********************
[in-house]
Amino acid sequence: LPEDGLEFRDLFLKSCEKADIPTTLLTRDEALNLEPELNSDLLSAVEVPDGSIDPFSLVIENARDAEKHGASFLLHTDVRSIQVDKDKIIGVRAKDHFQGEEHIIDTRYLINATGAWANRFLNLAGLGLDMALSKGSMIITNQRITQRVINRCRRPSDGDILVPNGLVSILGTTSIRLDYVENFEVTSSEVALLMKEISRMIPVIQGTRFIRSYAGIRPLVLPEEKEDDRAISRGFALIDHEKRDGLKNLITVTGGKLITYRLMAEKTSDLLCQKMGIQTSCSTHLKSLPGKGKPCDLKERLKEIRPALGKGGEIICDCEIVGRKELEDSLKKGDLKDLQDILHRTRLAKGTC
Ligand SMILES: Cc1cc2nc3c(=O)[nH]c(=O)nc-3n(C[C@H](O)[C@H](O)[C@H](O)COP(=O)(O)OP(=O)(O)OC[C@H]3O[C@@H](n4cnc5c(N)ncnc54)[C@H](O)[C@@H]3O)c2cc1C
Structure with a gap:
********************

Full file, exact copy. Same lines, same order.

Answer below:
[in-house]
Amino acid sequence: LPEDGLEFRDLFLKSCEKADIPTTLLTRDEALNLEPELNSDLLSAVEVPDGSIDPFSLVIENARDAEKHGASFLLHTDVRSIQVDKDKIIGVRAKDHFQGEEHIIDTRYLINATGAWANRFLNLAGLGLDMALSKGSMIITNQRITQRVINRCRRPSDGDILVPNGLVSILGTTSIRLDYVENFEVTSSEVALLMKEISRMIPVIQGTRFIRSYAGIRPLVLPEEKEDDRAISRGFALIDHEKRDGLKNLITVTGGKLITYRLMAEKTSDLLCQKMGIQTSCSTHLKSLPGKGKPCDLKERLKEIRPALGKGGEIICDCEIVGRKELEDSLKKGDLKDLQDILHRTRLAKGTC
Ligand SMILES: Cc1cc2nc3c(=O)[nH]c(=O)nc-3n(C[C@H](O)[C@H](O)[C@H](O)COP(=O)(O)OP(=O)(O)OC[C@H]3O[C@@H](n4cnc5c(N)ncnc54)[C@H](O)[C@@H]3O)c2cc1C
Structure with a gap: